This safety alert highlights the serious health and safety risks of manually erecting a heavy truss or frame – with the potential for life-altering injuries.

What happened?

We are aware of several instances of life-changing injuries while installing frames or trusses.

Incident 1

Three workers attempted to raise a frame by hand, with no mechanical or other devices. Two of them could not support the weight, they let go and the frame fell onto the third worker – who is now paralysed.

Incident 2

In a near-identical case involving three workers walking up a frame, two let go and the frame fell on the third. He now has a permanent back injury.

Incident 3

After having a roof truss lifted onto the frame by a crane (which then left), two workers attempted to move a roof truss along the frame by hand. The truss toppled and knocked the worker to the ground. He is paralysed.

These incidents highlight the risks when tasks are poorly planned – resulting in absent or ineffective risk controls.

What we know

Installing or adjusting frames or trusses has several risks including:

  • the heavy weight involved
  • the high centre of gravity and inherent instability, and (in some cases)
  • working at heights.

There are several points where something can go wrong, and a chance the frame or truss could fall before it is secured.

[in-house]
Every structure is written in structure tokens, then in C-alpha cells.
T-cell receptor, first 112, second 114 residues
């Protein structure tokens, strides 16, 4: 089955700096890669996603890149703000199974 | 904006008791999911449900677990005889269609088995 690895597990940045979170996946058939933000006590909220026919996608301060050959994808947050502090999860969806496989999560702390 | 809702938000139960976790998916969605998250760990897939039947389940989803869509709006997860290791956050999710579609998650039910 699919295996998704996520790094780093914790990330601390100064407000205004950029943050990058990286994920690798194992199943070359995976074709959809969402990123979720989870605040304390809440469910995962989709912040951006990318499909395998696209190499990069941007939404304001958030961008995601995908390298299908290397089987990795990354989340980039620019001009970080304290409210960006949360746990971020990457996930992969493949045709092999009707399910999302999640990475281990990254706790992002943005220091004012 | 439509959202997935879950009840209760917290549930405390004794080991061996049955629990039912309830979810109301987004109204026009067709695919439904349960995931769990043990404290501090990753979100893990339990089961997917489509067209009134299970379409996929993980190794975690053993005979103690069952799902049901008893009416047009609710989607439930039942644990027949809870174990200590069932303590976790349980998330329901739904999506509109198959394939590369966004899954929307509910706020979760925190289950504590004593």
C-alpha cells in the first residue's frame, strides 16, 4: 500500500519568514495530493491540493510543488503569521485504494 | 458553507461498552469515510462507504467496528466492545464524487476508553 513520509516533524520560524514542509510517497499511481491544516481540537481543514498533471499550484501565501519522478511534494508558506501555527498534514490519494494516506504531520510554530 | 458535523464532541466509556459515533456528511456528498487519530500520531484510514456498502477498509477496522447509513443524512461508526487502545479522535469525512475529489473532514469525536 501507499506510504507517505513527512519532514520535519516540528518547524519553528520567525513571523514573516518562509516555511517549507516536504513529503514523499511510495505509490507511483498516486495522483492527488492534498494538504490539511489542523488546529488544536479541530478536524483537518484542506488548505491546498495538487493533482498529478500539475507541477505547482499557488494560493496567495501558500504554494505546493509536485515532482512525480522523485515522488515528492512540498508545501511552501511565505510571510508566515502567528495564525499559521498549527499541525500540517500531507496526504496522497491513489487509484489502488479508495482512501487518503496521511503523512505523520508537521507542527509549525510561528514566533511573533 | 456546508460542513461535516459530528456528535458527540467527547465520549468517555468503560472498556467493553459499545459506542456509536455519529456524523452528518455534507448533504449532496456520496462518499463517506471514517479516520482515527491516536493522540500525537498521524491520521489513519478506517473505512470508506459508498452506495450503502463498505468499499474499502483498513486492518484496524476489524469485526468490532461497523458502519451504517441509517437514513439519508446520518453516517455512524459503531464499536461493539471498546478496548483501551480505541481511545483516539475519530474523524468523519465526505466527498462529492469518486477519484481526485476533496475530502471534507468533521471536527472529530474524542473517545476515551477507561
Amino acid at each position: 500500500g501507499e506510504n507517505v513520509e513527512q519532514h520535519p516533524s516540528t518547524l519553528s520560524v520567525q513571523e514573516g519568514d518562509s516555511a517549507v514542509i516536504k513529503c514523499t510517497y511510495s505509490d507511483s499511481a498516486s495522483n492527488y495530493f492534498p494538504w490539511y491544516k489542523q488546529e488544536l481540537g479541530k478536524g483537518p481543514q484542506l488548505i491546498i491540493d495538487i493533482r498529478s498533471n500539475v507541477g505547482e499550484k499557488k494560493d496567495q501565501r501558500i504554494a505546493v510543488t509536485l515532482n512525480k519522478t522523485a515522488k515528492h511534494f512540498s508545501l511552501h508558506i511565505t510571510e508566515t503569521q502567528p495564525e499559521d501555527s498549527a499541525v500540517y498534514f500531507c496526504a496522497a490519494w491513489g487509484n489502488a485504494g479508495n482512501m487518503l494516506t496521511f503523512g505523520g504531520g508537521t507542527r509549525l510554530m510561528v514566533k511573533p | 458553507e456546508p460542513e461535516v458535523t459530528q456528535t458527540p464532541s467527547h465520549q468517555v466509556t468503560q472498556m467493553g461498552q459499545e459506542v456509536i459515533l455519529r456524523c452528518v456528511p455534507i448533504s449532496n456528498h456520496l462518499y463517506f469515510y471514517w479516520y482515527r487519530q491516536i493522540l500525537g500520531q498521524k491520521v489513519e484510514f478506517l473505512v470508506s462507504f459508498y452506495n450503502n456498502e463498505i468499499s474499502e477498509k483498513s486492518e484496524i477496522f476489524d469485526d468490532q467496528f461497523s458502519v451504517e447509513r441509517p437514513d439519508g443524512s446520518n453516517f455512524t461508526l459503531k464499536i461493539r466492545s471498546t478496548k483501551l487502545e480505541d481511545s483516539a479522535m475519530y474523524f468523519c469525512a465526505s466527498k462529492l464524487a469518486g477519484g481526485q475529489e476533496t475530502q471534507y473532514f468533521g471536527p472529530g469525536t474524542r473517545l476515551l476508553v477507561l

Our advice

Risk can be reduced by PCBUs:

  • planning how the work will be carried out safely – as required in consultation with other PCBUs
  • involving their workers in the discussion or task analysis of how the trusses will be installed safely
  • taking advantage of readily available mechanical equipment such as cranes to assist in installing trusses.

Before starting the task, PCBUs must complete a risk assessment and review their controls.

It is strongly advised PCBUs eliminate the risk of manual work through engineering controls.

Whenever reasonably practicable a crane should be used to assist with the installation of frames and trusses. Most PCBUs already use cranes to transport materials to construction sites and the cost of further hire is minimal next to the safety and productivity benefits.

Further minimisation controls include ensuring:

  • the team responsible for the erection of trusses have the experience and training
  • that the work is supervised by a competent person.

If the use of a crane is not reasonably practicable then risk of harm can be minimised by:

  • using an adequate number workers to install the trusses, so the heavy trusses aren’t left to be handled by an inadequate number of people
  • have adequate scaffolding and safety netting properly installed to enable trusses to be placed and secured safely. Planning how the trusses will be erected and braced.


We provide guidance on working on roofs and working at height.


The following standards are relevant:

  • AS/NZ 4389 Roof safety mesh
  • AS/NZ 1576 Scaffolding
  • AS 4440-2004
  • BS EN 1263 Safety nets

Further Information

International guidelines of relevance:


Safety alert: Installing frames and trusses (PDF 429 KB)